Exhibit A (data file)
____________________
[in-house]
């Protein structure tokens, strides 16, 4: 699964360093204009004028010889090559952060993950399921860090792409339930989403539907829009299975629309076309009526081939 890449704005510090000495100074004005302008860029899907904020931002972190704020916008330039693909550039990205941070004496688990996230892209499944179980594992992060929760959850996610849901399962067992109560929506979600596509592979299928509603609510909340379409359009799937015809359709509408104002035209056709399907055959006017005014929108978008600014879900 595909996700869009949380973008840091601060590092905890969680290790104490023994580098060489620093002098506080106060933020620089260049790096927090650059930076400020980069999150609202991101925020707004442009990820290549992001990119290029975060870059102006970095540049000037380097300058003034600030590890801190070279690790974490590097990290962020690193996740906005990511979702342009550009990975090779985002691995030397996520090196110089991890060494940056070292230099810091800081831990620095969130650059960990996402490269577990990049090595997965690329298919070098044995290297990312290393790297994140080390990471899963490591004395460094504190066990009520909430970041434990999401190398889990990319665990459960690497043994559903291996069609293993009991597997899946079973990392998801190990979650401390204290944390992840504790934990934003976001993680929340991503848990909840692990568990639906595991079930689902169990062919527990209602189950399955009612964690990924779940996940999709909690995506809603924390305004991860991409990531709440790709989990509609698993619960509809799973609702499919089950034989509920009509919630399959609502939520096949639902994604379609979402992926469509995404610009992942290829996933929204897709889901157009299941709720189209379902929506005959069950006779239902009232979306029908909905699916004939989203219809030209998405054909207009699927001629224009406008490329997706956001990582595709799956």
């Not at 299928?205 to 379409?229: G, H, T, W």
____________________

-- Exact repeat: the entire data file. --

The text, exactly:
[in-house]
């Protein structure tokens, strides 16, 4: 699964360093204009004028010889090559952060993950399921860090792409339930989403539907829009299975629309076309009526081939 890449704005510090000495100074004005302008860029899907904020931002972190704020916008330039693909550039990205941070004496688990996230892209499944179980594992992060929760959850996610849901399962067992109560929506979600596509592979299928509603609510909340379409359009799937015809359709509408104002035209056709399907055959006017005014929108978008600014879900 595909996700869009949380973008840091601060590092905890969680290790104490023994580098060489620093002098506080106060933020620089260049790096927090650059930076400020980069999150609202991101925020707004442009990820290549992001990119290029975060870059102006970095540049000037380097300058003034600030590890801190070279690790974490590097990290962020690193996740906005990511979702342009550009990975090779985002691995030397996520090196110089991890060494940056070292230099810091800081831990620095969130650059960990996402490269577990990049090595997965690329298919070098044995290297990312290393790297994140080390990471899963490591004395460094504190066990009520909430970041434990999401190398889990990319665990459960690497043994559903291996069609293993009991597997899946079973990392998801190990979650401390204290944390992840504790934990934003976001993680929340991503848990909840692990568990639906595991079930689902169990062919527990209602189950399955009612964690990924779940996940999709909690995506809603924390305004991860991409990531709440790709989990509609698993619960509809799973609702499919089950034989509920009509919630399959609502939520096949639902994604379609979402992926469509995404610009992942290829996933929204897709889901157009299941709720189209379902929506005959069950006779239902009232979306029908909905699916004939989203219809030209998405054909207009699927001629224009406008490329997706956001990582595709799956």
């Not at 299928?205 to 379409?229: G, H, T, W």